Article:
Ben Oliver

Banner image for Steve Jobs

Steve Jobs

Coach lands on the runway the same time as first class.
13 November 2015

Danny Boyle directs and Aaron Sorkin writes this biopic of the pioneering businessman. They focus entirely on the hour or so before three of the most important keynotes in his life. Michael Fassbender stars in the title role.

This director-writer-actor combo should be a match made in heaven but for whatever reason Boyle decides to take a back seat and let Sorkin’s screenplay take centre stage.

It’s satisfyingly structured; Jobs meets the same people before every keynote so we get to check in with them at various points throughout his life. However it lacks warmth and a human touch. Life just isn’t structured this way, and this level of artifice feels odd in a biographical work. Things are as they are because it’s smart and suits Sorkin’s writing, not because it helps us understand the truth or get a sense of character in a limited time frame.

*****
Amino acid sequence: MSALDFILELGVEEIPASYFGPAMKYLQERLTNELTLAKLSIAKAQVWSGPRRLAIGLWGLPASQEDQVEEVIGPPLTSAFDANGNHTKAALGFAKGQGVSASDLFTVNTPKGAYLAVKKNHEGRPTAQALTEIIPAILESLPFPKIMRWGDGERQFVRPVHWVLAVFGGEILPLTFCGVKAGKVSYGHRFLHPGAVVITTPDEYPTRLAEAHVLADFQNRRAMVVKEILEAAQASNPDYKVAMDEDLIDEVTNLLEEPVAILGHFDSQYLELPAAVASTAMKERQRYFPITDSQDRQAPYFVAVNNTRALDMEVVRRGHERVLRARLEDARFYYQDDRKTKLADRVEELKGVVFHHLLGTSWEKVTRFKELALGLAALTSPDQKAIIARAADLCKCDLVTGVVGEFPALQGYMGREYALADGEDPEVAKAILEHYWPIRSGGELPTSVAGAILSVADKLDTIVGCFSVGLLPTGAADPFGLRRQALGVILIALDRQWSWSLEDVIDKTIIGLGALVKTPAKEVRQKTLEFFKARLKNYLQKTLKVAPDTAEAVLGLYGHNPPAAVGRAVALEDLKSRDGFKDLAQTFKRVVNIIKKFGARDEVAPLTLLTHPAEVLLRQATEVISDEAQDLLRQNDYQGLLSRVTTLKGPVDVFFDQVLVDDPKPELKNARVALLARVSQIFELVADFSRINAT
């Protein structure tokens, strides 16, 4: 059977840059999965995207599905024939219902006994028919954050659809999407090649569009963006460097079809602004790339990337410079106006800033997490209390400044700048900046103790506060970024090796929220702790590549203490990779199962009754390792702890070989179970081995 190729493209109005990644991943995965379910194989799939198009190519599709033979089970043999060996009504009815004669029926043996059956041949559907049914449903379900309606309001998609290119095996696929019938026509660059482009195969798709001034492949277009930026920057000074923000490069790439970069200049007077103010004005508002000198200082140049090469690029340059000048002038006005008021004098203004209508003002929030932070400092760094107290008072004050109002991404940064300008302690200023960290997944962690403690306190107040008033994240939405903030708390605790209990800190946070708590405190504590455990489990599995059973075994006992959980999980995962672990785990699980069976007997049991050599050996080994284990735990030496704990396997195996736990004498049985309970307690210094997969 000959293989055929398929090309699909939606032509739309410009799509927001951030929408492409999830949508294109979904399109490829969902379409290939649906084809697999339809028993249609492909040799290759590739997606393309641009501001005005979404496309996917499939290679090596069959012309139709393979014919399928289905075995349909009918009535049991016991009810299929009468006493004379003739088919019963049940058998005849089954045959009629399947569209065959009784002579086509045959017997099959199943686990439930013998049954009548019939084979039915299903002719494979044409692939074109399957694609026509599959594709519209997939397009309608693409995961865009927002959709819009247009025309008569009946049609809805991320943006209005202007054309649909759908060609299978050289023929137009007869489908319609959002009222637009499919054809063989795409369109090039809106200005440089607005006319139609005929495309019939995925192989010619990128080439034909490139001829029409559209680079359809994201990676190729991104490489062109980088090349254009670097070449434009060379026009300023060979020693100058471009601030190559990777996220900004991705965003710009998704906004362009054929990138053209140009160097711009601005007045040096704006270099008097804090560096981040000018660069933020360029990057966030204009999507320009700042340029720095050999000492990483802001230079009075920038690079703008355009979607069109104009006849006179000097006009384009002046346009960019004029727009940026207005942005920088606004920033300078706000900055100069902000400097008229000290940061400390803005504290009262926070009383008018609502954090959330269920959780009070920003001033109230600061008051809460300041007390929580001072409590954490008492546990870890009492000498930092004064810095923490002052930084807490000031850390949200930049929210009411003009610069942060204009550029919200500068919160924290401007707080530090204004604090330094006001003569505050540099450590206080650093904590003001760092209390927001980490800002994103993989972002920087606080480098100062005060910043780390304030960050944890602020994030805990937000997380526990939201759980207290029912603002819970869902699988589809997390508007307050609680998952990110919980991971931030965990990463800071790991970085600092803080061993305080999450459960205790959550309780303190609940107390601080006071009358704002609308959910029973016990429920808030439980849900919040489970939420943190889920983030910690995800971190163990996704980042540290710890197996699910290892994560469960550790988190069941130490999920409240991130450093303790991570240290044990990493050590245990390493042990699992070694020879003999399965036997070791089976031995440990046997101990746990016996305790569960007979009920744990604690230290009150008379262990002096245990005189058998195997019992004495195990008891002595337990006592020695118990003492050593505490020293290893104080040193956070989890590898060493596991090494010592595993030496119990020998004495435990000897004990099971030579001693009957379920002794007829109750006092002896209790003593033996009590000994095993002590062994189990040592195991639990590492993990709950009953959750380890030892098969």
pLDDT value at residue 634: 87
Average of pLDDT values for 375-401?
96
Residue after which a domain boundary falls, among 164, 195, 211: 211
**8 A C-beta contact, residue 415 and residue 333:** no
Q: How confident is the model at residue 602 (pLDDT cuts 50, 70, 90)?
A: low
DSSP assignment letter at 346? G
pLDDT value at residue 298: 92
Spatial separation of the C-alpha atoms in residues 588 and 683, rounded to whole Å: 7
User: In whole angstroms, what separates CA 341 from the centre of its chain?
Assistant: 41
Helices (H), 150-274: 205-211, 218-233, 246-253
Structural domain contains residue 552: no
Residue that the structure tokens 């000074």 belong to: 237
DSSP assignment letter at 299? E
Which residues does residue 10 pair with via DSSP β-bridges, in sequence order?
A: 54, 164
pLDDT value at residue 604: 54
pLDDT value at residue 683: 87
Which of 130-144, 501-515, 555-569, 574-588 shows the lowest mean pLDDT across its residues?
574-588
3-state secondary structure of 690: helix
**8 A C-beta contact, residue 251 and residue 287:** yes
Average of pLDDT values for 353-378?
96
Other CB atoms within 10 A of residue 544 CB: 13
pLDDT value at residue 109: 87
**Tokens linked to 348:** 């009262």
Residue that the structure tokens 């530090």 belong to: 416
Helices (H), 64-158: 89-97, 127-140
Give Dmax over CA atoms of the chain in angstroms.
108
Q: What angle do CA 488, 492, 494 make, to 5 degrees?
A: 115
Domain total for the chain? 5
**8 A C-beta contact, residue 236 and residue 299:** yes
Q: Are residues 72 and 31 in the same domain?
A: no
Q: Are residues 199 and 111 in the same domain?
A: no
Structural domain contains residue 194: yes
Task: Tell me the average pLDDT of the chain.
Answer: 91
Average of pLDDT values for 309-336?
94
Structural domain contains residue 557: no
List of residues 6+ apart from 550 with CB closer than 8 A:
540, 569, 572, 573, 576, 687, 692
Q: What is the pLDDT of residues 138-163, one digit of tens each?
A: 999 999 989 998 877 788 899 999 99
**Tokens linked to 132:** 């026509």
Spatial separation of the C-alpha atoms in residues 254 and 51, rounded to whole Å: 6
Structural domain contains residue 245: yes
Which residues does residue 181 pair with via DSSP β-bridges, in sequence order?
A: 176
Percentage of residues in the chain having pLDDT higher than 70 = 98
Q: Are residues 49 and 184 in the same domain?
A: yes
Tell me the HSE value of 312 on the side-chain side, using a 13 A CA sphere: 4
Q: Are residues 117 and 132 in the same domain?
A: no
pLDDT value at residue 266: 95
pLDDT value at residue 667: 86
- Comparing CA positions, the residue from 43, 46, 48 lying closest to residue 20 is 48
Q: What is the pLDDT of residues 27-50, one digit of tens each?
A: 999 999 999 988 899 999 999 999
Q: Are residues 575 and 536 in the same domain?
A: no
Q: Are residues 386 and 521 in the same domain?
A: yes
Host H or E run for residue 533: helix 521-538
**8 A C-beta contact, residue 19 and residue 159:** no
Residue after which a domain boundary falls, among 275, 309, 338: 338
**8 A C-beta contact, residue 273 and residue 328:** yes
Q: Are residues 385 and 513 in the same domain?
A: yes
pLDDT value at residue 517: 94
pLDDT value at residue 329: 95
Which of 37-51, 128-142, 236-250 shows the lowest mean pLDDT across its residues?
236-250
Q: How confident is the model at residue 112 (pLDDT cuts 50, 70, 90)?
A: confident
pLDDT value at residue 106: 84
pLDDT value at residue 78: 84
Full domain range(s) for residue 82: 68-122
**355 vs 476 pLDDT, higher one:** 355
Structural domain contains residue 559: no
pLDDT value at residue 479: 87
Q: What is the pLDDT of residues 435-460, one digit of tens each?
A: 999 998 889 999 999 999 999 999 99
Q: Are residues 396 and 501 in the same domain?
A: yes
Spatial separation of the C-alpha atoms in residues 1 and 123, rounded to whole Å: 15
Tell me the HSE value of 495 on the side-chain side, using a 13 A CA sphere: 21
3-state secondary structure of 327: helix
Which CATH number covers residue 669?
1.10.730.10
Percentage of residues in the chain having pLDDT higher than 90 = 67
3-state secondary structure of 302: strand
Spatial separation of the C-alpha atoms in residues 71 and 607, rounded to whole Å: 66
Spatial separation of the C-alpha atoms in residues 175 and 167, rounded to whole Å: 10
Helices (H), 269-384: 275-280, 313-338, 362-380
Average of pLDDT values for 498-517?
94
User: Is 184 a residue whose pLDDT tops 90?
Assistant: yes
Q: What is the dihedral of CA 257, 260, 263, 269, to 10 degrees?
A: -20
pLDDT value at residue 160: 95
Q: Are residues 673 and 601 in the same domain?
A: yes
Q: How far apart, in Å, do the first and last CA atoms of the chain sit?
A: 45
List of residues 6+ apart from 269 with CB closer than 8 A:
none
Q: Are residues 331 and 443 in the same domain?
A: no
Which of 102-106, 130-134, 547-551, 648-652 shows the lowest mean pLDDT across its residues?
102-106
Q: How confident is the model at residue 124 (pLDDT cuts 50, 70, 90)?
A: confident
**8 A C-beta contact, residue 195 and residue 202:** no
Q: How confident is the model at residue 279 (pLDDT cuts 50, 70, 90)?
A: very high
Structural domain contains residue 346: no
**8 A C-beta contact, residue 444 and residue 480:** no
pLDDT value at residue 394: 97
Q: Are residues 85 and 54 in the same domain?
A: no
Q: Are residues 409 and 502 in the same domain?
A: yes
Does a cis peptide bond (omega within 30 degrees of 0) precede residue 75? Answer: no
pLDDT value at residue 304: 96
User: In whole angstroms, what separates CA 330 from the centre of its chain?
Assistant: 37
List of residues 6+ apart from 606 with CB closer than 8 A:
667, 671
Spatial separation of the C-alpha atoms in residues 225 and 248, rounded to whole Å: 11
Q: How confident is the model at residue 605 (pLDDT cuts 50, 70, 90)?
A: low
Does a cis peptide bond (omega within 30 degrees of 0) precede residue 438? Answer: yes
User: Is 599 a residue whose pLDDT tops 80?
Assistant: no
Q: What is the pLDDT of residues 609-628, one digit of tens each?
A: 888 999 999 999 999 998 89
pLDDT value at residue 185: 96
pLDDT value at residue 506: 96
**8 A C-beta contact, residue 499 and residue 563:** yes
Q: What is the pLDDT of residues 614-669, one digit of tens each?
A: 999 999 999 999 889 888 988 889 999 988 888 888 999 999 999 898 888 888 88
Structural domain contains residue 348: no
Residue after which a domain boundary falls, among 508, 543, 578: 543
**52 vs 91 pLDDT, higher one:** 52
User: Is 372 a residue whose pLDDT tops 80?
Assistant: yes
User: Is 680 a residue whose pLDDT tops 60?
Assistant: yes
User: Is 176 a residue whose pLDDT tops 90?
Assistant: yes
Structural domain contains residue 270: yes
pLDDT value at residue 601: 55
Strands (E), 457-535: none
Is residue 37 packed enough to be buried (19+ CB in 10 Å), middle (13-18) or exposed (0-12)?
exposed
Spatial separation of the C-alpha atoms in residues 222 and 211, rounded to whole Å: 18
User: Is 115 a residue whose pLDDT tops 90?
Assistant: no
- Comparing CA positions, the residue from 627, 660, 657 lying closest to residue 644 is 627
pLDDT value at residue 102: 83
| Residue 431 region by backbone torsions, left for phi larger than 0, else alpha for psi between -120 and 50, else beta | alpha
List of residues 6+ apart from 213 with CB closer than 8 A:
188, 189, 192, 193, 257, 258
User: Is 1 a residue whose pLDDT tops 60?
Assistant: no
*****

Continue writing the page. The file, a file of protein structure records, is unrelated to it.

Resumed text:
The supporting performances are all worth a mention. Kate Winslet stands out as Jobs’ confidante Joanna Hoffman, Michael Stuhlbarg is uncannily similar to chief engineer Andy Hertzfelt and even Seth Rogen is charming as Apple co-founder Steve Wozniak. They are all puppets in Sorkin’s screenplay, but it works.

However what benefits the support cast hurts the lead role. Fassbender struggles to rise above the snappy chit-chat and carve a real person out of the character. He’s a talented actor but ironically he doesn’t get a very interesting job to do. This is probably where Boyle needed to put his foot down more - Fassbender an iMac being used for Solitaire.

The Social Network is also a Sorkin film about technology. However, in that case Fincher succeeded where Boyle fails and made a gripping drama. Steve Jobs has a great premise and a great screenplay, but stands as proof that one cannot live on writing alone.